Smitten Kitchen is the apparent gold standard in terms of food blogs. I know little about the writer and its purpose, but my sister worships at its altar. I think she is trying to work each recipe on the site and in its recently released cookbook, which she received as a Christmas present from The Wife and I.
I think its popularity comes from the beautiful photography and the fun narrative that the writer spins with each recipe. I write a recipe from a more technical standpoint. If I didn’t, I would lose an instruction or ingredient along the way. The writer of SK, who I’ve now discovered is named Deb, injects a lot of personality in her instructions in that, “It’s not that hard. You can do it” sort of way. Good on her. It’s probably part of the reason she gets as many viewers in a week as I get in a year (various sources say that she gets 68,000+ unique visitors per month; I get…less than that).
Tonight marks my last recipe for the next week or so. By the time I post this, I’ll be in the air somewhere over the American southeast, en route to Dallas. I wanted something for dinner tonight that would cover The Wife for a night of leftovers (Tangent: I don’t like leaving The Wife at home alone. Left to her own devices, she will eat crackers and peanut butter for dinner. You know what crackers and peanut butter are? What the kid who forgot his lunch would get when I was a student at Donlin Drive Elementary. Mrs. Burrows, a surly woman who took the milk money each day — probably to buy cigarettes or the souls of other children — would make you go through the line, beg for crackers, wait for everyone else to get their milk, then come back to make your own. And, if memory serves me correctly, you could only have five crackers. Her name was Muriel, the perfect name for a woman who spent her weekends killing kittens and bunny rabbits. She could make children cry by simply looking at them. Rumor has it that the one time she smiled during the 1980s resulted in Hurricane Gloria.). So, I try to make sure that between leftovers and the freezer that there is enough food to heat and eat, while dealing with The Kid. At least if the food is in the fridge, she will eat it from guilt that it will spoil.
WHAT WORKED: I added some baby spinach to bring a little color and some antioxidants to the dish. We eat a lot of beans here, but I was looking for a green, leafy vegetable tonight. Spinach is inoffensive and mild enough to not interrupt anything here.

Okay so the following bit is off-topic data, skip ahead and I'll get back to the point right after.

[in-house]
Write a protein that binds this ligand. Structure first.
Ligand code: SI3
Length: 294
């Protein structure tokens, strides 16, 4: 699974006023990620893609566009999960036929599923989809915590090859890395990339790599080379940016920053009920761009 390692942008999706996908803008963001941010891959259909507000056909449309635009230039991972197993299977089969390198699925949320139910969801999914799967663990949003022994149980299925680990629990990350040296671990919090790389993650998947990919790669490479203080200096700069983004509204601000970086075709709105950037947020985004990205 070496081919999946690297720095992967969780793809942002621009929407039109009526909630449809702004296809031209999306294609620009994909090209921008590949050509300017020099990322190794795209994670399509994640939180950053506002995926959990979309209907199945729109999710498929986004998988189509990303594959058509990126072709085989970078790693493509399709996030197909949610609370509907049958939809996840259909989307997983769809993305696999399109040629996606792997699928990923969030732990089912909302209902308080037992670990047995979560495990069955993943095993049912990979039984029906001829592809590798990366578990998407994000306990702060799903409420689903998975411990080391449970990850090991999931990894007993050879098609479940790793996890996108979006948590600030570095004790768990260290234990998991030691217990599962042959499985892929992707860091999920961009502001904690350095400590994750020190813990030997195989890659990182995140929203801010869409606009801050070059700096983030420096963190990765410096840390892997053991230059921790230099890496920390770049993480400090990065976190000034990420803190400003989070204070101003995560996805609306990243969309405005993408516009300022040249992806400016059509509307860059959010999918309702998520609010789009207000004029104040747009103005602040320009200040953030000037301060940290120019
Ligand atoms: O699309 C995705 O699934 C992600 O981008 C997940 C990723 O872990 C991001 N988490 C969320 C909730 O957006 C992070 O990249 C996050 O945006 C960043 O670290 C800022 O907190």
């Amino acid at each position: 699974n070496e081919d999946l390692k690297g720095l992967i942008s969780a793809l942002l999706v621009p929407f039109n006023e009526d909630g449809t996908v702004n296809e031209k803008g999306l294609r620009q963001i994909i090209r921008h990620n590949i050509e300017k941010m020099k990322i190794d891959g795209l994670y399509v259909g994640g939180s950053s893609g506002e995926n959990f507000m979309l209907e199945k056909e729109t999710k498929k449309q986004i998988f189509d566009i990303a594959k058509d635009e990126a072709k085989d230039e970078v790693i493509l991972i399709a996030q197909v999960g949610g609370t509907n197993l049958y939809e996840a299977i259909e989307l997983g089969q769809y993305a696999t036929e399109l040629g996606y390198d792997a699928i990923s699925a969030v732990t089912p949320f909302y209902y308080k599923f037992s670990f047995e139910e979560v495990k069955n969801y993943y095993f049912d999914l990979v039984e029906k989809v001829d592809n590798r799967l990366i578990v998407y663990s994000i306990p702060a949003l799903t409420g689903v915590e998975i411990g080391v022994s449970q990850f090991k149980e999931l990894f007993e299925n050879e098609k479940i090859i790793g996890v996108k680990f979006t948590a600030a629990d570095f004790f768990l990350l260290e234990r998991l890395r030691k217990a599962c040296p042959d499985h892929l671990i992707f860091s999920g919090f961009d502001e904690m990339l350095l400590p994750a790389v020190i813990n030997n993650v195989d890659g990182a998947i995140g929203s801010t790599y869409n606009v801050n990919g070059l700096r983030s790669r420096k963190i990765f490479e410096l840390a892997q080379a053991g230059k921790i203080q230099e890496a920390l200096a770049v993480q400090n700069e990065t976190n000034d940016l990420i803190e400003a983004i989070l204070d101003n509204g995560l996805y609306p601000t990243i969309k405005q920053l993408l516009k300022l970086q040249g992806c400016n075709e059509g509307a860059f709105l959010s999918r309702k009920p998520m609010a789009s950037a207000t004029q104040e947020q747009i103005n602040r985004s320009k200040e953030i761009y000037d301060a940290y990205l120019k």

WHAT DIDN’T: Wegmans and me. No parsley on Sunday when I was grocery shopping and I forgot to get tomato paste.
WHAT DID THE WIFE SAY: Dialogue from dinner:
-Her: “This is good.”
-Me: “I purposely made it so you could stretch a lunch and dinner out of it.”
-Her: “Thank you. Wait. You’re going to make fun of how I eat when you’re away.”
WILL IT MAKE ANOTHER APPEARANCE: Absolutely. I don’t think that the tomato paste made much difference. I just cut back on the vegetable stock that I substituted for water. And next time I would probably use half as much pasta.
Pasta and white beans with garlic-rosemary oil
Adapted from Smitten Kitchen
- 1 medium onion, cut into big chunks
- 1 medium carrot, in big chunks
- 1 celery stalk, in big chunks
- 2 cups vegetable stock
- 6 garlic cloves, 4 left whole, 2 finely chopped
- 1/2 cup flat-leaf parsley leaves
- 4 oz. baby spinach leaves, cleaned
- 1/2 cup olive oil, divided
- Coarse or kosher salt
- 2 to 3 tbsp. tomato paste (whoops)
- 3 1/2 cups cooked, drained beans (save cooking liquid for water in recipe, if desired) or 2 15-ounce cans small white beans, rinsed
- 1 lb. short tube pasta (I used ditalini. Elbows will work as well)
- 1 tbsp. minced fresh rosemary
- 2 heaping soup spoonfuls of parmesan cheese
Puree onion, carrot, celery, whole garlic cloves, parsley, and in a food processor or using an immersion blender until finely chopped. Heat 1/4 cup oil in a large, heavy pot over medium heat and add vegetable mixture to pot. (Quickly rinse, but no need to fully wash, food processor as you’ll use it again shortly.) Season generously with salt. Cook, stirring from time to time, until vegetables take on a bit of color, about 10 minutes. Add tomato paste and cook it into the vegetables for another minute. Add 1 cup stock or bean cooking liquid and use it to scrape up any bits stuck to the pot. Let simmer until liquid has almost disappeared, about 5 to 8 minutes.
Meanwhile, heat the remaining 1/4 cup olive oil in a tiny saucepan over medium-low heat with garlic and rosemary, until sizzling stops. Drain the oil through a fine-mesh strainer and reserve the oil. Set aside on the stovetop to keep warm.
Add beans and 2 more cups of water (or bean cooking liquid) to the pot and simmer until the flavors meld, about another 15 minutes.
Meanwhile, cook pasta until al dente, or still a little firm inside. (From SK: “I know you didn’t ask for one, but can I insert an argument for al dente pasta here? The thing is, you don’t want your pasta to fully cook in the water. If you do, it won’t have any absorbency left to drink up and become with that delicious sauce. I have really found that finishing pasta in its sauce is the single thing that most swiftly improved the quality of my pasta dishes.”)
Reserve 1 1/2 cups cooking water from your drained pasta. Transfer one cup of the bean mixture to your rinsed food processor and purée it until smooth, then stir it back into the sauce to thicken it (or use your immersion blender and give it two or three two-second pulses in the pot). Add drained pasta and 1/2 cup cooking liquid to bean sauce and cook the mixture together, adding more pasta cooking liquid as needed, until the sauce coats the pasta, about 1 to 2 more minutes. Stir in parmesan cheese. Remove from heat, swirl with oil and serve hot.